Share & Connect
People of the Arab world have started to envisage a society that is not designed to suppress the voice of the people.
The importance of democracy has really dawned on the people of Syria, which shows that they have picked up something which already set ablaze many Arab states this year. The wave of disturbances between state and citizens that rocketed in Tunisia and Egypt arrived in Syria, leading to the death of hundreds of people.
This crisis at the outset is much deeper in meaning. It represents how the state has ignored the will of its citizens and deceived its people under President Bashar-Al Assad, who inherited Syria’s harsh dictatorships from his father Hafez-Al-Assad.
Economic stagnation and ancient autocrats are just a few of the grievances that are responsible for the upheaval currently threatening to sweep away the ruling regime. Decades of repression and in some instances economic sluggishness has resulted in viole”nt disruption of political, social and economic life in the general Middle East.
What is needed is a series of political and economic reforms that would foster economic growth. Furthermore, it calls for recognition and granting of basic rights to people to protest and bring about change.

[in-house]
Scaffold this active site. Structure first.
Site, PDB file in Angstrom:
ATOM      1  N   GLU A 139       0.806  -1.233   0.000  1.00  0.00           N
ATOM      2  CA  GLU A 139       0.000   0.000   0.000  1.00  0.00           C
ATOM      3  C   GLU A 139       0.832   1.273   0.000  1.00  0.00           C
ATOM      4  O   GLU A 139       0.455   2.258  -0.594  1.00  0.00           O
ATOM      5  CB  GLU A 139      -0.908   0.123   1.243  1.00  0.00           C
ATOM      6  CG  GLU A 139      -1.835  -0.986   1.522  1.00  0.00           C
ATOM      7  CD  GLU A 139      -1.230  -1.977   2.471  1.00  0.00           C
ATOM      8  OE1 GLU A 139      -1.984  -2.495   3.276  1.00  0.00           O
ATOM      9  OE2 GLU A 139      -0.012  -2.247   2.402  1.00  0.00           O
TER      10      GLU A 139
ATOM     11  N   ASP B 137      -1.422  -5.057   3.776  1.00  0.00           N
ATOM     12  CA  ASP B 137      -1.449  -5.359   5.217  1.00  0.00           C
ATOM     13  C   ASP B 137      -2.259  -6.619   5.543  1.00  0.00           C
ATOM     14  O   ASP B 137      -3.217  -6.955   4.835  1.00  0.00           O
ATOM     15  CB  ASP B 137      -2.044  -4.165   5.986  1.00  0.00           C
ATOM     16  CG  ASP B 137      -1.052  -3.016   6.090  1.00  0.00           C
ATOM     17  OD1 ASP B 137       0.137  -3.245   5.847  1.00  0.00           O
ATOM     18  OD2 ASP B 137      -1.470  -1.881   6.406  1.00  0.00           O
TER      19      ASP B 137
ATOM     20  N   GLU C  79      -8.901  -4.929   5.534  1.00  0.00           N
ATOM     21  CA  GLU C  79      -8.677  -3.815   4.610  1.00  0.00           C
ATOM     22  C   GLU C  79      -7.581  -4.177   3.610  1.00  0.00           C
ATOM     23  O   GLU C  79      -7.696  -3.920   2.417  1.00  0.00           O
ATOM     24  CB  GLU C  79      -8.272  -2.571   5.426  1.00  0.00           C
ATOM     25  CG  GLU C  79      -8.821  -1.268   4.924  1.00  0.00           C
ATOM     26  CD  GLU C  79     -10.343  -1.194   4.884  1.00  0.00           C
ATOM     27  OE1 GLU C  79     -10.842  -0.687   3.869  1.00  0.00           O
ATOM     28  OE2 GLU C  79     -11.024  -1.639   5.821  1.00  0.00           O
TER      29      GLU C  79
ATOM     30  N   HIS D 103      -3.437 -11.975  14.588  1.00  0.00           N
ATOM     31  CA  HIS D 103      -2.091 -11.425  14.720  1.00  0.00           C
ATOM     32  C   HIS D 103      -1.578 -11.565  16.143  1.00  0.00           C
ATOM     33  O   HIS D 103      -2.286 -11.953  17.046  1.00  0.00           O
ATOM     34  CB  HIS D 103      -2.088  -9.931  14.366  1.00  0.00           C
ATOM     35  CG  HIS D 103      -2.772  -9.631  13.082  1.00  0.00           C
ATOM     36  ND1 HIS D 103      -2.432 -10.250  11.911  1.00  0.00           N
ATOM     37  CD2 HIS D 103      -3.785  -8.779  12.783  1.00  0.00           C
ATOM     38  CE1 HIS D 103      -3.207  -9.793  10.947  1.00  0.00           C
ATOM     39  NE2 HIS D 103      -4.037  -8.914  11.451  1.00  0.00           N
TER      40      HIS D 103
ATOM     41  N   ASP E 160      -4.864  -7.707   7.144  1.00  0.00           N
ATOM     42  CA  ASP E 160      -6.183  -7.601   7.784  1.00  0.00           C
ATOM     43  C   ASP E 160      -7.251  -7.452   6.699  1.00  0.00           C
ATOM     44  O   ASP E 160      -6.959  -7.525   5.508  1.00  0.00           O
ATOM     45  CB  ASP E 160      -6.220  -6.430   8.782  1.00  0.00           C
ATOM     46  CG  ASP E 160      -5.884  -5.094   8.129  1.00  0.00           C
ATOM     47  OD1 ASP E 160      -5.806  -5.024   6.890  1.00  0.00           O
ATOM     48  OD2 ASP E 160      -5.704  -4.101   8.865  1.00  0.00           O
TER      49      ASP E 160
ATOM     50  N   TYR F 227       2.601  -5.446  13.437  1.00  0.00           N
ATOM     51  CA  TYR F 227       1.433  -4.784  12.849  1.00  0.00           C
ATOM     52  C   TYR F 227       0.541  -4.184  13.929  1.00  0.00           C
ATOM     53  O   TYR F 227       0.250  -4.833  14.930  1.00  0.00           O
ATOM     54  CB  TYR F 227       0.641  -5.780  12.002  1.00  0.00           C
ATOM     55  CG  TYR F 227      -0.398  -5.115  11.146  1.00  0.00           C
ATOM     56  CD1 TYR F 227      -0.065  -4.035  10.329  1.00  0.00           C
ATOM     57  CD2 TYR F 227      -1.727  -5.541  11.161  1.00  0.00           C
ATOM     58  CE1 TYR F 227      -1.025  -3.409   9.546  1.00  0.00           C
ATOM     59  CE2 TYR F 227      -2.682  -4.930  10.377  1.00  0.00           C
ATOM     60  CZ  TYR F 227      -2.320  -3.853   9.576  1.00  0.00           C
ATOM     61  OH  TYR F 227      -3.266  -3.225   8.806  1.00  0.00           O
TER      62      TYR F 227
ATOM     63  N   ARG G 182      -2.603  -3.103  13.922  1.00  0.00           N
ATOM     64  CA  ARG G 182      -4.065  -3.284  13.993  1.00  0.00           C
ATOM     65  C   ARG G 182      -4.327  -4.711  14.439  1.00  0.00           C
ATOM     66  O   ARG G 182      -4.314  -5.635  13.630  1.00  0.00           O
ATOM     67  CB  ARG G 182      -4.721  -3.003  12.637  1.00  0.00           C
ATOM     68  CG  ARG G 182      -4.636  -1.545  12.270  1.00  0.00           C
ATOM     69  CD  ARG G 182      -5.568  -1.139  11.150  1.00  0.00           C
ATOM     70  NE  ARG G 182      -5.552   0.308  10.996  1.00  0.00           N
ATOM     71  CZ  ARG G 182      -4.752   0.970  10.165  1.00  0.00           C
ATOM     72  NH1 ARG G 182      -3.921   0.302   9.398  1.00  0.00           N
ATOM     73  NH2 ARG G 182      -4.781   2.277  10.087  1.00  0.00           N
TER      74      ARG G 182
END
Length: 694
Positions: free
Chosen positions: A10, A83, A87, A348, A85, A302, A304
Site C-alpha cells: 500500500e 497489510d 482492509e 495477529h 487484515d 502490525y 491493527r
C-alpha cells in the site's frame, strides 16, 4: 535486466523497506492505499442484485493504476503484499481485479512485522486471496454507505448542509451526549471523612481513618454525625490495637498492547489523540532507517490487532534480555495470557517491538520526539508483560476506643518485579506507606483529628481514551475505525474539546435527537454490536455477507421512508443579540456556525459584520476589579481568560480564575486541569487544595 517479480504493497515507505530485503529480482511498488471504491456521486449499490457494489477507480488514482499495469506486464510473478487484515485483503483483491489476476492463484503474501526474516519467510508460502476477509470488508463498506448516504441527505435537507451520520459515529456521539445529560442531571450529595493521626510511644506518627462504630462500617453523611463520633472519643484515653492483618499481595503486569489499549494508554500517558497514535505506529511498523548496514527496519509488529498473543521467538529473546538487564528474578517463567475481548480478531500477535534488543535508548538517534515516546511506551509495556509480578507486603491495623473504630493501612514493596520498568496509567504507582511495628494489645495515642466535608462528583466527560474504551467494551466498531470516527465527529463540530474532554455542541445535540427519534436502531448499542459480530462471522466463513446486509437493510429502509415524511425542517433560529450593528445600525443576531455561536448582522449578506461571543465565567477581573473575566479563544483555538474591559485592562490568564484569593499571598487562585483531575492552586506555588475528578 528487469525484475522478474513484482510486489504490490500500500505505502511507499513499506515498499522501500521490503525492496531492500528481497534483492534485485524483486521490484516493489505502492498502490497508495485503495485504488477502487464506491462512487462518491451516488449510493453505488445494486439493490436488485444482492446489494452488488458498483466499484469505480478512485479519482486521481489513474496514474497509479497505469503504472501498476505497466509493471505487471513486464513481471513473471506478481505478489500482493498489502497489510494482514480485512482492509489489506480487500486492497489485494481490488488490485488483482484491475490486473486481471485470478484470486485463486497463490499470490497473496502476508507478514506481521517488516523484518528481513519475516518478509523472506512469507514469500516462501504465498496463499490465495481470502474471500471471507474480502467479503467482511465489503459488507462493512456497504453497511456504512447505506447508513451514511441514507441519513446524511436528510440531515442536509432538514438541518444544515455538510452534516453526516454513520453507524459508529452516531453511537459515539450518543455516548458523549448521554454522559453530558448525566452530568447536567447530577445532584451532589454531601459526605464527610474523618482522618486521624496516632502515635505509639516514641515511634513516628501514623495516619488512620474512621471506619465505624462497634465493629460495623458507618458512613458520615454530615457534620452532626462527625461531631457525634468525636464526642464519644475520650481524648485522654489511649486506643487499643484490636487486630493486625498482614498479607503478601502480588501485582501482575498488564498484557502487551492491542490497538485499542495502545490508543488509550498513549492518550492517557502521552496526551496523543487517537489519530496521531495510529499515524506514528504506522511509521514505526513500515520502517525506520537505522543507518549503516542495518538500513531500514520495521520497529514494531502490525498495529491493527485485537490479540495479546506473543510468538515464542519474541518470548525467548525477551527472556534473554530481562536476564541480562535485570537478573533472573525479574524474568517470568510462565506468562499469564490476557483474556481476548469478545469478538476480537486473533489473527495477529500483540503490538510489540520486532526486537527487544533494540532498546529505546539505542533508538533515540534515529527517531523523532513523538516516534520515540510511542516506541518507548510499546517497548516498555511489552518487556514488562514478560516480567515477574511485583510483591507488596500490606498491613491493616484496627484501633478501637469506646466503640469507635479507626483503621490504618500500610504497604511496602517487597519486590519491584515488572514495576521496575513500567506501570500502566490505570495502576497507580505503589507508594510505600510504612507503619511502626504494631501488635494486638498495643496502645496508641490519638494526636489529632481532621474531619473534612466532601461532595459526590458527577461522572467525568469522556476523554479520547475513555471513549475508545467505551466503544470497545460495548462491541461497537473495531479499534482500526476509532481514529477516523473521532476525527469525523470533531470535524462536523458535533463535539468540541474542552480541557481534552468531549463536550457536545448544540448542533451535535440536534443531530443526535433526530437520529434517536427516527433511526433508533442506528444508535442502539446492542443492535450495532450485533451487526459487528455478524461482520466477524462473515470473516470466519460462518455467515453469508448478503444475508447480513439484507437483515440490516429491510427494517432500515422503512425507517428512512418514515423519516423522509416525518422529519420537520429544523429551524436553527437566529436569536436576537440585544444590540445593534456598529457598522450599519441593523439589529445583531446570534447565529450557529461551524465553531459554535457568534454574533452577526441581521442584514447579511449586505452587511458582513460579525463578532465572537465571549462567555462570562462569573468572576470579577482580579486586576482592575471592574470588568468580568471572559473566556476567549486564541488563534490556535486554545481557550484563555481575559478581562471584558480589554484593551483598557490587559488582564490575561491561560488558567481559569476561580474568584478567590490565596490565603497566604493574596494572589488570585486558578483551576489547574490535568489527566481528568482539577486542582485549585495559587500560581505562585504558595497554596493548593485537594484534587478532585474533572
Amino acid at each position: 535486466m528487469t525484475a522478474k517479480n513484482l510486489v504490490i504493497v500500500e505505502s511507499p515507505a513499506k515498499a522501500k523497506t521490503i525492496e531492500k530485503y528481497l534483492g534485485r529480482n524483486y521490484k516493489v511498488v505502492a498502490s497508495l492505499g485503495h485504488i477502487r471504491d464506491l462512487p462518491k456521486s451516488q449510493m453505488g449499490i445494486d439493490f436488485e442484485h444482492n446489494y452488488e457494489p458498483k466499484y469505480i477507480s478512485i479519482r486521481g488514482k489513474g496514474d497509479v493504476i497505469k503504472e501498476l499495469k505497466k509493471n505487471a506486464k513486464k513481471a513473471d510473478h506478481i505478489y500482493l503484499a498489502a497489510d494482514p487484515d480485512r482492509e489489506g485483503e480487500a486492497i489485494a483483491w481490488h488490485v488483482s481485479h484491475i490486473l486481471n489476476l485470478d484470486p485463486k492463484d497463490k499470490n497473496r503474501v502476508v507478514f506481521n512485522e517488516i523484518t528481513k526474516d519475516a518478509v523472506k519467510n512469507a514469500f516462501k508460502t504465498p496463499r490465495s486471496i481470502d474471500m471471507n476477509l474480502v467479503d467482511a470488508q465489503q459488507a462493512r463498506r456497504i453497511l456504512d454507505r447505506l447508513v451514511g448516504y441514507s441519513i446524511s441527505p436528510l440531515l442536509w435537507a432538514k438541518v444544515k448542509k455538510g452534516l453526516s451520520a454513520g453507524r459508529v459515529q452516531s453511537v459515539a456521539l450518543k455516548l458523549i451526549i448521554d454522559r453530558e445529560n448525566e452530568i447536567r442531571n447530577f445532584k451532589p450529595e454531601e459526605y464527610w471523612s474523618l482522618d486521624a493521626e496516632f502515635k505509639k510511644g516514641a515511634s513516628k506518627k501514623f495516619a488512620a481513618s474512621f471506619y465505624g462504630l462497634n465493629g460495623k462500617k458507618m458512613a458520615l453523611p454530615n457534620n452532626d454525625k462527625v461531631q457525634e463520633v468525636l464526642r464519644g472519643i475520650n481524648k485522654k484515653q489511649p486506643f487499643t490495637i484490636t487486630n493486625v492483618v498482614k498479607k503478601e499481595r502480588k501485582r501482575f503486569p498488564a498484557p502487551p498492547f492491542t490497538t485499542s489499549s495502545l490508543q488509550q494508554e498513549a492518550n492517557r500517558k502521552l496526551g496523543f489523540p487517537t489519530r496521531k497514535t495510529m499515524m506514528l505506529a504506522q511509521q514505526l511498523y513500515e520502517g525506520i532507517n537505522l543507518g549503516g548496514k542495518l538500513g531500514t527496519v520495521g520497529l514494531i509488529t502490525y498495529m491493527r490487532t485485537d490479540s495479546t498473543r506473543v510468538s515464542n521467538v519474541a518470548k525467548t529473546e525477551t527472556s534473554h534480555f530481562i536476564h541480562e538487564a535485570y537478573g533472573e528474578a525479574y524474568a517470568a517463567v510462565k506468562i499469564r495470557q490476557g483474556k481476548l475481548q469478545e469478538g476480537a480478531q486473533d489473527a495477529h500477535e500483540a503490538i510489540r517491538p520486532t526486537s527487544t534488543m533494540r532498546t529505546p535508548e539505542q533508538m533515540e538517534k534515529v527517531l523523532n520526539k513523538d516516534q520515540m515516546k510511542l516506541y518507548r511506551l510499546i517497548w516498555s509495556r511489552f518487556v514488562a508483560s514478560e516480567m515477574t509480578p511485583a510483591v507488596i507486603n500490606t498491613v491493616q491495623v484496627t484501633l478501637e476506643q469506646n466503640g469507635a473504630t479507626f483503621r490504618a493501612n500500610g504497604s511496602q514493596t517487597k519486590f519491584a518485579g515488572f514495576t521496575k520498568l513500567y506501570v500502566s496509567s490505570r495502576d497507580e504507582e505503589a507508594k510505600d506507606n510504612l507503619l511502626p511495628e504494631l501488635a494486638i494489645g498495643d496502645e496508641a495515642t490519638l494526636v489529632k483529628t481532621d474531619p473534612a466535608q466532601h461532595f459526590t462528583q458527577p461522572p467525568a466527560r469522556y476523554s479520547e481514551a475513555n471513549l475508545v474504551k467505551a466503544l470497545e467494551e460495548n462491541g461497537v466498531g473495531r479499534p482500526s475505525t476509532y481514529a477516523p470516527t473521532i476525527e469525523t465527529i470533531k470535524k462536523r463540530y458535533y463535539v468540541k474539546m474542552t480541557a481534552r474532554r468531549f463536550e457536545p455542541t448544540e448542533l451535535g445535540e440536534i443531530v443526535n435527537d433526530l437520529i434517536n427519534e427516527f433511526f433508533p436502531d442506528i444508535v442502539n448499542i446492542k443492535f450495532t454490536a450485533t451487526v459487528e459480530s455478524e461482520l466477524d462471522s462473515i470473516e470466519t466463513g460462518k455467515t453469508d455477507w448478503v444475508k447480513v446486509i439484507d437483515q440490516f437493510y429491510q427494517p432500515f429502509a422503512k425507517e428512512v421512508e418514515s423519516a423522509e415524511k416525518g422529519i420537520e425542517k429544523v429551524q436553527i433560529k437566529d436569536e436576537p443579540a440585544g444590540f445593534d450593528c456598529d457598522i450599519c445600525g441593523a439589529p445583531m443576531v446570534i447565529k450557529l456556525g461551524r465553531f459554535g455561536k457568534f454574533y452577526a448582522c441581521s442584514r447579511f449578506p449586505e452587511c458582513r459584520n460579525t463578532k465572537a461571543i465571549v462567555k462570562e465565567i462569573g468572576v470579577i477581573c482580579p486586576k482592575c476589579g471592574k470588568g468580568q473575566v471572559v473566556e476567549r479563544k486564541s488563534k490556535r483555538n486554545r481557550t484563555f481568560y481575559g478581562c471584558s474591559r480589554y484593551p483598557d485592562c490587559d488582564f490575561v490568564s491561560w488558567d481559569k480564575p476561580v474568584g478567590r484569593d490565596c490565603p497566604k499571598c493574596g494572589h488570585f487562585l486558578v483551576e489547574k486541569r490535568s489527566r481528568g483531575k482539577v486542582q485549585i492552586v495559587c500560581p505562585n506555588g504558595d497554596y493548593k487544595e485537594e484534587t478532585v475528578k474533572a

Political liberty in terms of rule of law, more education, a free press and liberation of women is required for every state to lead a peaceful life. Amartya Sen, a Nobel laureate in economics on Economic development, said:
“Development has to more concerned with enhancing the lives we lead and freedoms we enjoy.”
People were shouting houriye, houriye (freedom, freedom), and it represents the fact that people realized that their political system is not really reflecting their views.
The relationship between the state and its people had been devastated. According to Economics, a newspaper, “the media which focused on the apparent aspect of the crises (filmed or to produce reports describing the events in the street) have not paid attention to socio-conomic, demographic or political aspects of Syrian society”.
The Syrian society disregarded the existence of more than one political party to oppose the Baath Party until recently. But recent violent protest clearly reveals frustration and state of unease for the people led under pressure to bring in new law that now permits the creation of new political parties along-side the ruling Baath Party.
The key demand of the protest is the liberation of the political system and freedom to form political parties that had been restrained by article 8 of the Syrian constitution so far.
Existence of single political party shows a political monopoly in the country, in economic theory birth or existence of monopoly is regretted or hindered by law similarly in politics it is protest for a change that eventually leads to more just society.
Now the attitude of the Syrian government has been softened since the cabinet approved the multi party bill. Other political party can now participate in elections. Normalcy and prosperity should not be unreachable in the future.